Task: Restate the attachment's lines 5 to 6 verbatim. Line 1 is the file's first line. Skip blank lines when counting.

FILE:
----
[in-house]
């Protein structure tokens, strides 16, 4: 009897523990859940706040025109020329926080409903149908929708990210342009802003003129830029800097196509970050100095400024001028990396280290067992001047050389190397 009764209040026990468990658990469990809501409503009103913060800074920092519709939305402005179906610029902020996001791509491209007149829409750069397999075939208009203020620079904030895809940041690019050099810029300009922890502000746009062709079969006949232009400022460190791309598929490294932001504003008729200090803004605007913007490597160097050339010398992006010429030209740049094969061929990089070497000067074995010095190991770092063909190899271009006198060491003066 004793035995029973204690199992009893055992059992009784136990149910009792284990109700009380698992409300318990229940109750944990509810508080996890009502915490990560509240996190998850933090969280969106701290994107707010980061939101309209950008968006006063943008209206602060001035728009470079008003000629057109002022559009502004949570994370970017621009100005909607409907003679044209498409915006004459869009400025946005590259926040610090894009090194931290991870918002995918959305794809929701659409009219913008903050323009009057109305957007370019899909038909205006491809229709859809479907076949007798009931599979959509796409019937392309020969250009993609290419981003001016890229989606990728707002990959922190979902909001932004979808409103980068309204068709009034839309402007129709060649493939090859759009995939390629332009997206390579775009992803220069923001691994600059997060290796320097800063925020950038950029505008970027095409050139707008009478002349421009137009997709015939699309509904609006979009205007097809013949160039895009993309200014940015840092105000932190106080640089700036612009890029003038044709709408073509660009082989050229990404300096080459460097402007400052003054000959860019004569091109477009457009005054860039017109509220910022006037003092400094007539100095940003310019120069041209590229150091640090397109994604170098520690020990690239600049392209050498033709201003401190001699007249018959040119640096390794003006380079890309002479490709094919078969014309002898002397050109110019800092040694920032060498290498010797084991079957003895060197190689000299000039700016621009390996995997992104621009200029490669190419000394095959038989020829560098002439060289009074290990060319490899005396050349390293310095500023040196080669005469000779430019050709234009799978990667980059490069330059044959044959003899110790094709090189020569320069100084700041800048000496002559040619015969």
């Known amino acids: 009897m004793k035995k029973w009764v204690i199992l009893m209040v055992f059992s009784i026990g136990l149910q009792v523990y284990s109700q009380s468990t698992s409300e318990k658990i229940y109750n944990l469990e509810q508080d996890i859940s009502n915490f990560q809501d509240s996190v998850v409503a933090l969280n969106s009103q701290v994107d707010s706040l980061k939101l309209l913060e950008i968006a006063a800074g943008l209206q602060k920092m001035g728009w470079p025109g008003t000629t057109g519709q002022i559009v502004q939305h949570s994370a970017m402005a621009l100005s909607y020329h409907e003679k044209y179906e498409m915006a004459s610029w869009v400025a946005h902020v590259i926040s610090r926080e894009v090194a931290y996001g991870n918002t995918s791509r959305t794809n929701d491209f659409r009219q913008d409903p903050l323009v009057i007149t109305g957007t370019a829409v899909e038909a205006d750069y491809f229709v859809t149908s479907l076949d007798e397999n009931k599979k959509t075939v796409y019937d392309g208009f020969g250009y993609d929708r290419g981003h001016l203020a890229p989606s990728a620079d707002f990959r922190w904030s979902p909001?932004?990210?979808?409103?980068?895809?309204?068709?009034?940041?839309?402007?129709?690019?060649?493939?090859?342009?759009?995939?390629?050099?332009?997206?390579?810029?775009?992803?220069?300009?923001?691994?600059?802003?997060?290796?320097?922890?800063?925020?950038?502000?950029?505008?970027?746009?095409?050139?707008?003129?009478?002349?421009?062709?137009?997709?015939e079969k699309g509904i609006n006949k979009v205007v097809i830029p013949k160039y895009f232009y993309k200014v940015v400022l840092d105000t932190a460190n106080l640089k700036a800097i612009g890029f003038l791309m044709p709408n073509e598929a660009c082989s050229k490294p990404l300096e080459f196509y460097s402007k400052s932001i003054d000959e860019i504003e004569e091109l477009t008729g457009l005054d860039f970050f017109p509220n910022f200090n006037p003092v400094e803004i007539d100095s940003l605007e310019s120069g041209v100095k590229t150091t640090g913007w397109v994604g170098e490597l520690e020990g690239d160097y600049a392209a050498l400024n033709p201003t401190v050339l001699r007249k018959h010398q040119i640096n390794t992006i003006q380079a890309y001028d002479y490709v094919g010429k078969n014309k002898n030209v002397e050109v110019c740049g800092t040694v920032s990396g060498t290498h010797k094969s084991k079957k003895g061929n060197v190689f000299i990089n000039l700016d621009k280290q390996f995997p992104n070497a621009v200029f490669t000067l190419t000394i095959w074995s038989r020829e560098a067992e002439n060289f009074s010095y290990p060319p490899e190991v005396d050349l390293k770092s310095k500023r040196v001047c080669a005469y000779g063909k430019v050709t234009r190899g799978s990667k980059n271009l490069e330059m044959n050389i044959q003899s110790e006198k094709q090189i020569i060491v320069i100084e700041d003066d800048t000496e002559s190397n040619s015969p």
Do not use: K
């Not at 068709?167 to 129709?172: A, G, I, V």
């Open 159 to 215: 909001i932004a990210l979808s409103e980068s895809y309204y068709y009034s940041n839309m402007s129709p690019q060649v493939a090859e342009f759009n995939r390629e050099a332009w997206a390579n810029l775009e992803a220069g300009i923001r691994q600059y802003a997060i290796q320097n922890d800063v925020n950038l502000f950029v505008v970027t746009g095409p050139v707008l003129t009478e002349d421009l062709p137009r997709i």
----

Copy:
């Not at 068709?167 to 129709?172: A, G, I, V």
């Open 159 to 215: 909001i932004a990210l979808s409103e980068s895809y309204y068709y009034s940041n839309m402007s129709p690019q060649v493939a090859e342009f759009n995939r390629e050099a332009w997206a390579n810029l775009e992803a220069g300009i923001r691994q600059y802003a997060i290796q320097n922890d800063v925020n950038l502000f950029v505008v970027t746009g095409p050139v707008l003129t009478e002349d421009l062709p137009r997709i």